How to become Responsible.

User Experience is about responsibility, I once wrote an article that UX is Responsible design.

10499824143_c6d07cd344_z

Here is one of my current favorite person’s take on responsibility. Jacques Ellul writes-

In a society such as ours, it is almost impossible for a person to be responsible. A simple example: a dam has been built somewhere, and it bursts. Who is responsible for that? Geologists worked out. They examined the terrain. Engineers drew up the construction plans. Workmen constructed it. And the politicians decided that the dam had to be in that spot. Who is responsible? No one. There is never anyone responsible. Anywhere. In the whole of our technological society the work is so fragmented and broken up into small pieces that no one is responsible. But no one is free either. Everyone has his own, specific task. And that’s all he has to do.

Just consider, for example, that atrocious excuse… It was one of the most horrible things I have ever heard. The director of the Bergen-Belsen concentration camp was asked at the Nuremburg trials, “But didn’t you find it horrible? All those corpses?” He replied, “What could I do? I couldn’t process all those corpses. The capacity of the ovens was too small. It caused me many problems. I had no time to think about these people. I was too busy with the technical problem of my ovens.” That is the classic example of an irresponsible person. He carries out his technical task and isn’t interested in anything else.

Become interested in people today.

Designer, Design Thyself

dyl

This was a completely different post when I started writing a week ago. I wanted to critique the Design and Exclusion conference that I attended. Talking about inclusion, exclusion, diversity etc is tough because the attempt to include every single point of view in every single space is futile. However a discussion was started which should be commended. Even though I felt excluded in some areas of the conversation, I trust that design doesn’t give up, (I discovered someone also!), so I look forward to a better conference next time.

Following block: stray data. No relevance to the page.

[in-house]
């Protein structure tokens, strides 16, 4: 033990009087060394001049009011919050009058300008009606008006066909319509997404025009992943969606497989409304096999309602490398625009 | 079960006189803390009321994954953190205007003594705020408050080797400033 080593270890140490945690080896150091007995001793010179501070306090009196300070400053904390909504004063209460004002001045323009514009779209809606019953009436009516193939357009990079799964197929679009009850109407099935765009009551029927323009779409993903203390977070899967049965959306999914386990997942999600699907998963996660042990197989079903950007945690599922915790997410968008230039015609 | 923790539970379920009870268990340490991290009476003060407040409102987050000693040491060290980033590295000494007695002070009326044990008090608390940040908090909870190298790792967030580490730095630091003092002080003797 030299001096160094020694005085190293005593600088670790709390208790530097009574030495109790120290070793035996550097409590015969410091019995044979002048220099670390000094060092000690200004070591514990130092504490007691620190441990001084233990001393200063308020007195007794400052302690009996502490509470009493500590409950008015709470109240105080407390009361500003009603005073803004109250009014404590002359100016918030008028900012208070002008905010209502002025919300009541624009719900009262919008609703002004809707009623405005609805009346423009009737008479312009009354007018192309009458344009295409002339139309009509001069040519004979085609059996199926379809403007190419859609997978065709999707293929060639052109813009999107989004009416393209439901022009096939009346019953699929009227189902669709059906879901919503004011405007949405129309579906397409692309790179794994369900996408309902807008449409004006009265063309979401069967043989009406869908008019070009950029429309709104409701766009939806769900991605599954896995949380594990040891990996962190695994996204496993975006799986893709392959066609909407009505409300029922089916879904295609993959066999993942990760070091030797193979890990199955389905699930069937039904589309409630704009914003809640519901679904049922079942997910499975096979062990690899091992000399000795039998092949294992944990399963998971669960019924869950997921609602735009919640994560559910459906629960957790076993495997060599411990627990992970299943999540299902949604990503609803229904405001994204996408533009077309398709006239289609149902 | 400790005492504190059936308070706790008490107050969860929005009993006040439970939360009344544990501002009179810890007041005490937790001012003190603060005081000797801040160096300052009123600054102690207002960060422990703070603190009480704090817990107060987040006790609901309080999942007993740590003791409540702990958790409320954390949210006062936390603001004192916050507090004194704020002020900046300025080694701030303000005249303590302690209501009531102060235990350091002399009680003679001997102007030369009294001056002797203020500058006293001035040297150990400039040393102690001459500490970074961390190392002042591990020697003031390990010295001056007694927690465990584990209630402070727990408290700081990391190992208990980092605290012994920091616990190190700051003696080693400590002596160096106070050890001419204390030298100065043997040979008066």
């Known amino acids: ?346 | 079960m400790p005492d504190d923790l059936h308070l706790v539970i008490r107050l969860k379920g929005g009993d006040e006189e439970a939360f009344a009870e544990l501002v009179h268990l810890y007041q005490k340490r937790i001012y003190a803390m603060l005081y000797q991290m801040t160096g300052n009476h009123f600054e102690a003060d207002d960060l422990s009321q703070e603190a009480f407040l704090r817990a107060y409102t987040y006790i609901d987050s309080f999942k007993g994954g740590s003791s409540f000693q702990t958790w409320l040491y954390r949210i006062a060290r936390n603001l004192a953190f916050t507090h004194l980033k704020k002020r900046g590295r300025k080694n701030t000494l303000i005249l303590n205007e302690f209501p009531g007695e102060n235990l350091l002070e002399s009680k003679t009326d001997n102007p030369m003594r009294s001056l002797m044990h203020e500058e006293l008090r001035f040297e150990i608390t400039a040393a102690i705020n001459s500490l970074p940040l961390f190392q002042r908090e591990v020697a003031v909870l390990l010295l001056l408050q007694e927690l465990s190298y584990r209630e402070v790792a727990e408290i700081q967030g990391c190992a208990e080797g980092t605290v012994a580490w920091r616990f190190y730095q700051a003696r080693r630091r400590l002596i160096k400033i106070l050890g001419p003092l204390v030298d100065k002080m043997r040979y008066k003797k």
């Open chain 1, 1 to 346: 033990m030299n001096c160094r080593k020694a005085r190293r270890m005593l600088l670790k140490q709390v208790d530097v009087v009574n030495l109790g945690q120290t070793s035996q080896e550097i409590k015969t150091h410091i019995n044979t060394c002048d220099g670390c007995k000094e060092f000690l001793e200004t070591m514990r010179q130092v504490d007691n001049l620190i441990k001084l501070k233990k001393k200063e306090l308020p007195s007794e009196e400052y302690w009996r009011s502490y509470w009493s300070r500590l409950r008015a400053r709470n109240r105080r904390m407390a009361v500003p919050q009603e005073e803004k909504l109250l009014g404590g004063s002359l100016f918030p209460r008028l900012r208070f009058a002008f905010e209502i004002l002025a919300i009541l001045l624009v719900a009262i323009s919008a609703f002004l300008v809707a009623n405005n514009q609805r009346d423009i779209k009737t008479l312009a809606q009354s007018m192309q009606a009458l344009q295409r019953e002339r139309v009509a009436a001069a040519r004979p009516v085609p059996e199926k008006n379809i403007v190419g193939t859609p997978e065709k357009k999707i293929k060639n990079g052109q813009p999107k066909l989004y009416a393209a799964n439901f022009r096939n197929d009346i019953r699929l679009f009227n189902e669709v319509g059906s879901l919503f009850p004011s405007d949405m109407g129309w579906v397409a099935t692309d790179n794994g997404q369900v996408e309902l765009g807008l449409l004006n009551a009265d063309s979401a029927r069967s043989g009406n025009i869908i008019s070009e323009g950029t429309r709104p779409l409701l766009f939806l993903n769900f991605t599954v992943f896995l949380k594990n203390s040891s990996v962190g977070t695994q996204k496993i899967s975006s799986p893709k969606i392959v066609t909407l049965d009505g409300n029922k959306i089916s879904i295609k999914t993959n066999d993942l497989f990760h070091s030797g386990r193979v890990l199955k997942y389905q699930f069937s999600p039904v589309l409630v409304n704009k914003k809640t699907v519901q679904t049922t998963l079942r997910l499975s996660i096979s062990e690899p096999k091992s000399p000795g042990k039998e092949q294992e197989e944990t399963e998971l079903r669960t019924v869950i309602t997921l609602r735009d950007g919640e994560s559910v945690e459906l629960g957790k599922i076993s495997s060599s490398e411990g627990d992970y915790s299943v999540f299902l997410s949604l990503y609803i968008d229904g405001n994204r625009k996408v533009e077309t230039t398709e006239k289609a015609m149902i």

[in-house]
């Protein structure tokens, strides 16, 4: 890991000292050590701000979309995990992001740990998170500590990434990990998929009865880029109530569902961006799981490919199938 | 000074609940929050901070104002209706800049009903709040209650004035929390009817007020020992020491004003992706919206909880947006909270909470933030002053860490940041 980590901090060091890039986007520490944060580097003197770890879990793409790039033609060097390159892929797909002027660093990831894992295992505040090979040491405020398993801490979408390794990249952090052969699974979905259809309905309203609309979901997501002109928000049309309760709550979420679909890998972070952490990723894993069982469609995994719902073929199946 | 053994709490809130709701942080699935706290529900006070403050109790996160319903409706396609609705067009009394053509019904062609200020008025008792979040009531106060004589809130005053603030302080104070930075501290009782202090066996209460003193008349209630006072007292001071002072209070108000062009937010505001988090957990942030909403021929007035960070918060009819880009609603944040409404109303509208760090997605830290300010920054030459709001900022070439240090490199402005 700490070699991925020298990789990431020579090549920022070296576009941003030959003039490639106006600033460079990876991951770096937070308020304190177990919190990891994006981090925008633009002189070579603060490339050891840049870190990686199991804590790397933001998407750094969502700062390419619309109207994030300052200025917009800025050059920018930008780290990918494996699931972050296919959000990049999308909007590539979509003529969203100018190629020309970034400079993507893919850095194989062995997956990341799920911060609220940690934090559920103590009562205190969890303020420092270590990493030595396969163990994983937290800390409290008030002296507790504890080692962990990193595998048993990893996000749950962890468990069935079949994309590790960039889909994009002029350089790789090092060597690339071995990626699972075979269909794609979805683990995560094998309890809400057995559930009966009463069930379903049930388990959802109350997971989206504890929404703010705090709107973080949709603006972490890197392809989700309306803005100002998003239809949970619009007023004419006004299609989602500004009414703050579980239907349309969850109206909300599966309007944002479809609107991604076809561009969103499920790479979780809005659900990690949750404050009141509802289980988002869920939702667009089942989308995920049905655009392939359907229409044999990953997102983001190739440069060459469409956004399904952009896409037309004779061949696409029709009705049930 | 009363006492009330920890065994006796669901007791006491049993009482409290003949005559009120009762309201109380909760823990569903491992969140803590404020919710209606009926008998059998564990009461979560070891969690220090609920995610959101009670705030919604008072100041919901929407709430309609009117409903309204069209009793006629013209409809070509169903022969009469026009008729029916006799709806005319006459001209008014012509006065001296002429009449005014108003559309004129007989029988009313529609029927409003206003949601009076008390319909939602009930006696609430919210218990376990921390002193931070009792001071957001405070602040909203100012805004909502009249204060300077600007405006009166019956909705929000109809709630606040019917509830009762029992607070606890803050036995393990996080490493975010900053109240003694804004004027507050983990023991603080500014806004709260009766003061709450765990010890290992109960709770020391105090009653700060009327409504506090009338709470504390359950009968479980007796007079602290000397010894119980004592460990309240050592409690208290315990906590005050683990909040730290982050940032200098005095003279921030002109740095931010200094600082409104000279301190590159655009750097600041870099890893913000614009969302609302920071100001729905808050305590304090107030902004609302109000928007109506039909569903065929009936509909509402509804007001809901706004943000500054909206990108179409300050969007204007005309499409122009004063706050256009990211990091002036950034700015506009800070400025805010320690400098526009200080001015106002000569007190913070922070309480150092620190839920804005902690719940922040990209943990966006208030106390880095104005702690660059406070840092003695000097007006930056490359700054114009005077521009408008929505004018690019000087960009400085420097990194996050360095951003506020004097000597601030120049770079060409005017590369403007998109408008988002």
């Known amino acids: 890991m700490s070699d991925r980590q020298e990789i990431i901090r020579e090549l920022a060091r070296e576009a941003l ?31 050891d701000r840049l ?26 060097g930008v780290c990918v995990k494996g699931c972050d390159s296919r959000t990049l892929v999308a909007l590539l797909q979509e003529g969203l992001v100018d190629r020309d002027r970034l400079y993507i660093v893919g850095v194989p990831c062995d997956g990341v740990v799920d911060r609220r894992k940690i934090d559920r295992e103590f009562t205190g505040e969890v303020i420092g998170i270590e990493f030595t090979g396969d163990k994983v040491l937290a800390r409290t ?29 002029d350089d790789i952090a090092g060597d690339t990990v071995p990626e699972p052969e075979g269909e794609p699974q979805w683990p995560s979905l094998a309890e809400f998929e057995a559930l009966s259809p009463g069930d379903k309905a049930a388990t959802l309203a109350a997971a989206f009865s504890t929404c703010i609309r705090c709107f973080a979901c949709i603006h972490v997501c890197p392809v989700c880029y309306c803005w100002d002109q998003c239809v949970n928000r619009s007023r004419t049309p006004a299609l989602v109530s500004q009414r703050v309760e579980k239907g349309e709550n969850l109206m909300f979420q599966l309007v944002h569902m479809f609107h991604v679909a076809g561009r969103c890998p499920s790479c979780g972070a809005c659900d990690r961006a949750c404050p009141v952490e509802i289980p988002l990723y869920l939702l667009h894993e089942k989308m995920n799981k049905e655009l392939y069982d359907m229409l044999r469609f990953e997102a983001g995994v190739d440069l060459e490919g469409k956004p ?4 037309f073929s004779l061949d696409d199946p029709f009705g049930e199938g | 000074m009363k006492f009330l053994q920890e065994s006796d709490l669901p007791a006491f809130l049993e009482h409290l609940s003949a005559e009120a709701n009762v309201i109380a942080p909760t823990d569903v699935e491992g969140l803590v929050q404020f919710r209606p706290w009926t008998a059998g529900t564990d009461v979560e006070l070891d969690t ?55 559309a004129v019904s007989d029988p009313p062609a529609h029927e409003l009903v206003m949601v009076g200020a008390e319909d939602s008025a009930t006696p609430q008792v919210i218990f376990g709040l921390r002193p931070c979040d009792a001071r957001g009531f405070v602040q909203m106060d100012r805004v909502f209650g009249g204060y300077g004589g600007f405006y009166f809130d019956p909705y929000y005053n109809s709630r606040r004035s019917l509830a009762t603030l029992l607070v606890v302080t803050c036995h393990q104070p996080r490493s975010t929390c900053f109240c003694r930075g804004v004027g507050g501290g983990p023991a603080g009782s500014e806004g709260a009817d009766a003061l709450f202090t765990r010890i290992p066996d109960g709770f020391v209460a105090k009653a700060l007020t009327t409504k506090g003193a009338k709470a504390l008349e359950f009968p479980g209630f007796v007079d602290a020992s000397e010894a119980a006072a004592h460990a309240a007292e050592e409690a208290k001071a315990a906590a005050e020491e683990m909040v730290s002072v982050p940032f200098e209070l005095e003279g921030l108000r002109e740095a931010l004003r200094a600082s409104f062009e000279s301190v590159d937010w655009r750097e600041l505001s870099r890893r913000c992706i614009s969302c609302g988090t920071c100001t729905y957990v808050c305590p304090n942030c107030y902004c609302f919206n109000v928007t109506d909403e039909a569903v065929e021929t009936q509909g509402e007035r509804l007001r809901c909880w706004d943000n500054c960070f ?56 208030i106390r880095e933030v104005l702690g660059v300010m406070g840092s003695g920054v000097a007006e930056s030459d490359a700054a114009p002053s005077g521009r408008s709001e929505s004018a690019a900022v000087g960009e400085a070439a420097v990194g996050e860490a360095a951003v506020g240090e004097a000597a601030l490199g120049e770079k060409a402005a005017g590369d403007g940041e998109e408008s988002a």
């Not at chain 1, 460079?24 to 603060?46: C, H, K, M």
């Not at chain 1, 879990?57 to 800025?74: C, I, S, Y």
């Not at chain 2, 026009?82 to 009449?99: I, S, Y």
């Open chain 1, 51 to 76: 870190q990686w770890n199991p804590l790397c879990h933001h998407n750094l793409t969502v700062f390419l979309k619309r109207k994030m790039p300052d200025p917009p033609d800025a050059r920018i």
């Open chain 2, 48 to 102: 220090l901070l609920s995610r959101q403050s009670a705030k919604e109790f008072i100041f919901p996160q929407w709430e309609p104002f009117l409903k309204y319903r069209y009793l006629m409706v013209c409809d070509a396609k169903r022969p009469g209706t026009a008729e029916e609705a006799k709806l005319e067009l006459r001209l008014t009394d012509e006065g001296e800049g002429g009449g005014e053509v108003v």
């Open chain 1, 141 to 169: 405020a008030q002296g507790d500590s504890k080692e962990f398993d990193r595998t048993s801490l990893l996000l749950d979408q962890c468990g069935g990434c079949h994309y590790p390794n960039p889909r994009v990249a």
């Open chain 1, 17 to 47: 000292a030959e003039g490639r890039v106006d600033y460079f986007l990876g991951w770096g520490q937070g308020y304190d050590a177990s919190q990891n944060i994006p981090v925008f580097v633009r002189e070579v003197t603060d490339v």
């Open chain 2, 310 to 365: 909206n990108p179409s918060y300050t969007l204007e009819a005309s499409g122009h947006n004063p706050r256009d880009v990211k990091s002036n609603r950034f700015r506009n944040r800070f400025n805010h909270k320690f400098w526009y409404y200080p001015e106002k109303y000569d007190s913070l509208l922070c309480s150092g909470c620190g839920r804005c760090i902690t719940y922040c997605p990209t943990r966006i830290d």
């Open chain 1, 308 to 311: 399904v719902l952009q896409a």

As the ideas and words for the critique percolated in my head, I came across Ayse Birsel’s book, Design the Life You Love and it was exactly what I’d been thinking, but now on an individual level. We have with us a powerful tool, design, that can bring about positive change even in our own lives and that’s what this book seeks to help us to do.

DLYL_Don't Fold The Page

Basically, while we attempt to design the world around us, we should not neglect ourselves and our lives. Being able to stop and assess what is, ‘deconstruction’, as Ayse calls it, is the important first phase of the process. This also fits well with the Appraisal theory and to an extent, mindfulness, but it also provides the tools to help in the ‘reconstruction’ process.

“Deconstructing and breaking current reality is necessary to enable us to shift our perspective to see the same things differently in order to reconstruct a new reality that is more than the sum of it’s parts “

I got my copy a few days ago, and I’m excited about going over it. I need it so much in my life right now as I deal with so many moving parts, and I don’t want to lose the ability to see myself in relation with others (partly why I decided not to go ahead with the critique, I needed to take care of the plank in my own eyes).

This is not just for professional designers, it’s for anyone ready to take a step to becoming a better person and having a life where you love and love.

user you

Enjoy.

 

Going Offscreen

off16-8